It is certain that in the ancient church and in Solomon’s temple, the use of musical instruments was accepted. Now that Christ has come, and together with the ancient priesthood and sacrifice and the representation appertaining to the Law, the use of instruments in churches has vanished like a shadow. For the various instruments of the musicians symbolize the parts and members of the elect, i.e., that the elect must worship the Lord with heart, soul, word and in every way. Thus David mentions every kind of instrument so that man may glorify God with all his strength, mind and members. He must speak and sing in the assembly with delight from the soul. For Paul would not only disapprove of the use of crude instruments, but does not permit in the church incomprehensible human words and singing that lacks edifying force; indeed he calls them mindless that teach and sing in the assembly like barbarians in unfamiliar languages (1 Cor. 14). The fathers teach the same. There is not so much as a reference to the organ in the New Testament, nor of its introduction into the purer church; but it was only introduced in the theatrical masses, as if in obscene sport, by immoral priests to make clowns cut capers. The papal Chronicles attribute its introduction to Pope Vitalian. The resolutions of the councils, together with Jerome, condemn the stentorian noise in churches of persons shouting in theatrical fashion (Amos 5, 6). In the prophets, the Lord prohibits the playing of the harp and organs, and commands that teaching be done with the human voice, not with shadows and tricks. Therefore they do wrong that mumble foolishly before God the canonical hours as if superstitious chattering to themselves something of merit in the process, and who keep an organ in the sacred assembly like papists and others. What my father has not planted will be rooted out (Matt. 15:13). But to say seven times “glory to God” means that we worship God constantly in Spirit and in truth because seven times means many times — without end (Matt 18; Luke 17; Jerome, Augustine, and Hillary on these passages).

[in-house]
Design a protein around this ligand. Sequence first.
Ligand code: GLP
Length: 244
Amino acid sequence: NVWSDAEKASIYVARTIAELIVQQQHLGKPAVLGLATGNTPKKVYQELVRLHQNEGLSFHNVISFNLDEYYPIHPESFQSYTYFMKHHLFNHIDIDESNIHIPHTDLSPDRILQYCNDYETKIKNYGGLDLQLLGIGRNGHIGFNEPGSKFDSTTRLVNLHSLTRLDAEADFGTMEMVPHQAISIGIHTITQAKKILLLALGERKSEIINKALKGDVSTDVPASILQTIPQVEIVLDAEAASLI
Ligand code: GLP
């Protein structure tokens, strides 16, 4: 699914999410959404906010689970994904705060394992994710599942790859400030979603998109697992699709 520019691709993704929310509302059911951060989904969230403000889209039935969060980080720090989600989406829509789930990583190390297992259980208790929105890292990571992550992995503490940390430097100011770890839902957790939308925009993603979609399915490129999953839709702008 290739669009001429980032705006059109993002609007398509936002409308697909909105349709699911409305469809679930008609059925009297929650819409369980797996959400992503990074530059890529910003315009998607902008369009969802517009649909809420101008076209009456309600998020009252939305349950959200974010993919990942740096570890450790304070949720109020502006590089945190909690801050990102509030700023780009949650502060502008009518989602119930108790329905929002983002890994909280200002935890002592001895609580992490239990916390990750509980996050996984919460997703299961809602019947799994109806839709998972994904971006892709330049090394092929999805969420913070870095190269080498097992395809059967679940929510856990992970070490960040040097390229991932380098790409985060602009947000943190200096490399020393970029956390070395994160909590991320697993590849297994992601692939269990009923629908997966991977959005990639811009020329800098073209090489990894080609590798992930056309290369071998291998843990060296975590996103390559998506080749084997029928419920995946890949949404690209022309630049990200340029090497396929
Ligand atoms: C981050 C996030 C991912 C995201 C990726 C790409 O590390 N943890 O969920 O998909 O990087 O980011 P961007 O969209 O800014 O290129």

—The Hungarian Confessio Catholica (1562) in Reformed Confessions of the 16th and 17th Centuries in English Translation, ed. James T. Dennison, Jr., 4 vol. (Grand Rapids: Reformation Heritage Books), 2.565–66.